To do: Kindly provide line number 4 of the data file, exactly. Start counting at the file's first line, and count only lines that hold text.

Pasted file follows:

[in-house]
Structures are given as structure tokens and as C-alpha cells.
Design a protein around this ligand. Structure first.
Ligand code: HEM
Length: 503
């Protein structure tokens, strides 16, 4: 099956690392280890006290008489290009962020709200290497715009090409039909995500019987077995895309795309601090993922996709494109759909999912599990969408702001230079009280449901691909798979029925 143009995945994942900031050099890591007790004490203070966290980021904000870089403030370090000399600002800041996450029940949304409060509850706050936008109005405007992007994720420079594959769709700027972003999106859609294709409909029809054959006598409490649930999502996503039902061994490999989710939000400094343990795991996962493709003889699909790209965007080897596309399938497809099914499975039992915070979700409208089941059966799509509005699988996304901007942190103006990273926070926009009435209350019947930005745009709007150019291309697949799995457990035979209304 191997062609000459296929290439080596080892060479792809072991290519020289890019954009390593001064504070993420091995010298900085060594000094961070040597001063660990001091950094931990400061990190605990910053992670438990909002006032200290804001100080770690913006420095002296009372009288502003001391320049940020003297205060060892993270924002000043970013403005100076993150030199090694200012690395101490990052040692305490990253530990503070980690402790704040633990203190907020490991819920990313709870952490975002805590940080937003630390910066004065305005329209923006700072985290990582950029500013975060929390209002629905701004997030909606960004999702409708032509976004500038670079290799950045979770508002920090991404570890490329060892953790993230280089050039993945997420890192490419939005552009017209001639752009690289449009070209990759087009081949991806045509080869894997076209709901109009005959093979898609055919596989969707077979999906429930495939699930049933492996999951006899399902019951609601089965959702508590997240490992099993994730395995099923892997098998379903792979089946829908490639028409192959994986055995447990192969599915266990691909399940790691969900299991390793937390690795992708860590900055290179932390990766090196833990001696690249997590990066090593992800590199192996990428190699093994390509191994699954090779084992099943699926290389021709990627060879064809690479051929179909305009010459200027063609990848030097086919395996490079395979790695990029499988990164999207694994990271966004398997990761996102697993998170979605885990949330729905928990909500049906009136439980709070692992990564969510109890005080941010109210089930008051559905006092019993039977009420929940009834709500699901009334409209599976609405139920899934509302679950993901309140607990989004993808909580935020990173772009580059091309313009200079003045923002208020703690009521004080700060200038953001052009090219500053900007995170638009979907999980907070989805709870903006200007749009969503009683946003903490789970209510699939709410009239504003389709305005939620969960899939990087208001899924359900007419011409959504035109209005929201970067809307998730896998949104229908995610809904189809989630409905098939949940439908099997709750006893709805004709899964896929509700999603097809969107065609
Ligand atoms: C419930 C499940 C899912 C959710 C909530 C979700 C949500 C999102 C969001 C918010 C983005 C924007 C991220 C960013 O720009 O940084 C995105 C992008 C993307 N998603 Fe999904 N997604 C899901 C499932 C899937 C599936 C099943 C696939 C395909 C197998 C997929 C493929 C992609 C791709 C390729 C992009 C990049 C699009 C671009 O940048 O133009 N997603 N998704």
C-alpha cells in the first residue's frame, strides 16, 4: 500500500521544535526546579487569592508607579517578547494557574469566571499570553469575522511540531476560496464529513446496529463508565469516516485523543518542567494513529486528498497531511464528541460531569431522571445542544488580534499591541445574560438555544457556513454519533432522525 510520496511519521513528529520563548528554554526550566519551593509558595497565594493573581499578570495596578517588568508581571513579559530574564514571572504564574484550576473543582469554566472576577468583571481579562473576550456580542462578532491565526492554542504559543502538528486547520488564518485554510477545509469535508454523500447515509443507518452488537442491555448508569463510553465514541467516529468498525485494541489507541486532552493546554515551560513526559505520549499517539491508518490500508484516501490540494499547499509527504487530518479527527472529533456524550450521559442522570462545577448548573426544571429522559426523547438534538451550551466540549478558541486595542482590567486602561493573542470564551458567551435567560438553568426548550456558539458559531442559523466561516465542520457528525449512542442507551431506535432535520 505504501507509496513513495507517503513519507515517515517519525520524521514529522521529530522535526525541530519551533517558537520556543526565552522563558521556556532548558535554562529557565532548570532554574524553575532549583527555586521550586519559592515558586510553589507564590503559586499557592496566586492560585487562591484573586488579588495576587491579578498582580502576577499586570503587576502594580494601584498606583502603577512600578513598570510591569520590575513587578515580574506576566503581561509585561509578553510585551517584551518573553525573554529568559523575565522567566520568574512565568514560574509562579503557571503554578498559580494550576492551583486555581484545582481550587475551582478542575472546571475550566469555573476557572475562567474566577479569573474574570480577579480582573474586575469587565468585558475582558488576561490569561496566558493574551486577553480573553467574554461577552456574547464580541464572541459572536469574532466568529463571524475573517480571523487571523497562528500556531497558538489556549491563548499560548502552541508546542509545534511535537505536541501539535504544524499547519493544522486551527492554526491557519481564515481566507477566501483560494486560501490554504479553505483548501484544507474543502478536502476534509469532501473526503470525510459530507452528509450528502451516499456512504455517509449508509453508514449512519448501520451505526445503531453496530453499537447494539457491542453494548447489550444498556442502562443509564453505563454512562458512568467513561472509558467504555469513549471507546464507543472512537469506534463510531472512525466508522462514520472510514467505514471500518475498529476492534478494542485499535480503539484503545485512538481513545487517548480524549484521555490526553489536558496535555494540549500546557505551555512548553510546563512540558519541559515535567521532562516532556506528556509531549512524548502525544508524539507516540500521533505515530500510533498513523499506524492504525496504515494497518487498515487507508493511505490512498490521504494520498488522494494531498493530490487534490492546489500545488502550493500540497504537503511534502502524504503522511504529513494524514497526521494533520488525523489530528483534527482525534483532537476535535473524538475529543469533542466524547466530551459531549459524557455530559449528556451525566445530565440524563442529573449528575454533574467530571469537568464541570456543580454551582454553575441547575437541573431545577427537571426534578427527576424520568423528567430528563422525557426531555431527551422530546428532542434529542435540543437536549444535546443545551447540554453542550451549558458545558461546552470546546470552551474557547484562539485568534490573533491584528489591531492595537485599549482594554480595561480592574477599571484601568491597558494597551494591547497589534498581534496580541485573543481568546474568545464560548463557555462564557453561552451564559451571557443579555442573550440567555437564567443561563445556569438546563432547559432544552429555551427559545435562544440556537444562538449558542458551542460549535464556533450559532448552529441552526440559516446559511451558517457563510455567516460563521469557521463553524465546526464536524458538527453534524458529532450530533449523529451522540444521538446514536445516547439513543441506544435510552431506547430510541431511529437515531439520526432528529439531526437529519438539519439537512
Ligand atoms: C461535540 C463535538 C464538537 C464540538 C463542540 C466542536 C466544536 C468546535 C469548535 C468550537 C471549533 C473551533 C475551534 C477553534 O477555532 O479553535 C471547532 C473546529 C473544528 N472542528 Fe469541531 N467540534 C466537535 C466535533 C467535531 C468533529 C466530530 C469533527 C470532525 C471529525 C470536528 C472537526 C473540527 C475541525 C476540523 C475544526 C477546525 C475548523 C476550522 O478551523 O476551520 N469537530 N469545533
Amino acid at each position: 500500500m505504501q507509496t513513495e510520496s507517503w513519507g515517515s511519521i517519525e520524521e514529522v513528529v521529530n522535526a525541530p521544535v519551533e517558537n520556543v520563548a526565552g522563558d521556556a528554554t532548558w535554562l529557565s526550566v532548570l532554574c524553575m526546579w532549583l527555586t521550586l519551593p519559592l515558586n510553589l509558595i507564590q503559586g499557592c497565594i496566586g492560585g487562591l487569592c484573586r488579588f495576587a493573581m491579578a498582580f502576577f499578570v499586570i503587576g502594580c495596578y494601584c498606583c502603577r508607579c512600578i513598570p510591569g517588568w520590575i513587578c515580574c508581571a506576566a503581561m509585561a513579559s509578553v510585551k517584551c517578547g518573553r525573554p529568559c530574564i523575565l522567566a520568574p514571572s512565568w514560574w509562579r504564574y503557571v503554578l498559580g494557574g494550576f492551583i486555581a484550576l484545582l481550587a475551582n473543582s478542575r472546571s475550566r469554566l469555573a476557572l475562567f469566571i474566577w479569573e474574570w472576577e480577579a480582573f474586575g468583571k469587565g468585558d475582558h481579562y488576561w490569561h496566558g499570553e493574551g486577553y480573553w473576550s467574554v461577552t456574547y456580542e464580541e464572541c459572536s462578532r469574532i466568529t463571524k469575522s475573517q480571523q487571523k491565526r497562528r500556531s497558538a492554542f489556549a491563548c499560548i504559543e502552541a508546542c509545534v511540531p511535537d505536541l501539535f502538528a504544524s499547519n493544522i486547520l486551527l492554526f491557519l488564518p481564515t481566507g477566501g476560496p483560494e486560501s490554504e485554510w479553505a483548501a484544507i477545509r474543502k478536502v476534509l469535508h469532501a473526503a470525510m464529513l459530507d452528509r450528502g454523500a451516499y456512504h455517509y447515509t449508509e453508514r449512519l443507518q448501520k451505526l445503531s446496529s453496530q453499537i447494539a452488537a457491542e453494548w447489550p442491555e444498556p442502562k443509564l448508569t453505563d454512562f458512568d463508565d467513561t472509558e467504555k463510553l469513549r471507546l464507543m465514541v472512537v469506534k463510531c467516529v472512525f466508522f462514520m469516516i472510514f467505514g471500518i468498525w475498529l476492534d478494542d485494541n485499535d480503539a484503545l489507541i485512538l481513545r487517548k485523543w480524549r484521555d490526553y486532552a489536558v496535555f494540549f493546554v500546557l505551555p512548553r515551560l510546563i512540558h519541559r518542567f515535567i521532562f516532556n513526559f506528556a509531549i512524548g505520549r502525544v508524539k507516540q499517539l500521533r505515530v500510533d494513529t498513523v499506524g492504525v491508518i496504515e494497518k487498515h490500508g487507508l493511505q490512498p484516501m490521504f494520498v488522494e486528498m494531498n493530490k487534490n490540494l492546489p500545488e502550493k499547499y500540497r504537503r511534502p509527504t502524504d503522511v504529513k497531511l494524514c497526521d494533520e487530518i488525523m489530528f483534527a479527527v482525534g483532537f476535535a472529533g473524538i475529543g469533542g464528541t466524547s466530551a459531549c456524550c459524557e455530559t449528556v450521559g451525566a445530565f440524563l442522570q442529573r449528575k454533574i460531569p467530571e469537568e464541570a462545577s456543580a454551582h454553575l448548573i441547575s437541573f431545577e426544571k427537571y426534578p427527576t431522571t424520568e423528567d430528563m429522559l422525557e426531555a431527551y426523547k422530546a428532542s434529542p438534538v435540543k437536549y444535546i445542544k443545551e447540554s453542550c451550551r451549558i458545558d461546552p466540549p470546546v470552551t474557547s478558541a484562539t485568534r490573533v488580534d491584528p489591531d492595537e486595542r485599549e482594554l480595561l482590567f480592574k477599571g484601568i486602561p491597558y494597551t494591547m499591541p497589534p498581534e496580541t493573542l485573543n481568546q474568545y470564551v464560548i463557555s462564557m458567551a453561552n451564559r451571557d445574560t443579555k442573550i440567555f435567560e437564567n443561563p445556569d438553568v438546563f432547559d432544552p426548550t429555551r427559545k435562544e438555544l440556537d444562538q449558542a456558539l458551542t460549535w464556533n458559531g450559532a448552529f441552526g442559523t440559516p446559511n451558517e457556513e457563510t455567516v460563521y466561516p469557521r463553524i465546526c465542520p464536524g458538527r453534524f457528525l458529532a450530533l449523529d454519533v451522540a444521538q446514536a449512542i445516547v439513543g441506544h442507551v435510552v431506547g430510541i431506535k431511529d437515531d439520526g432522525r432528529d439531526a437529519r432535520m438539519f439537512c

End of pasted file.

Ligand code: HEM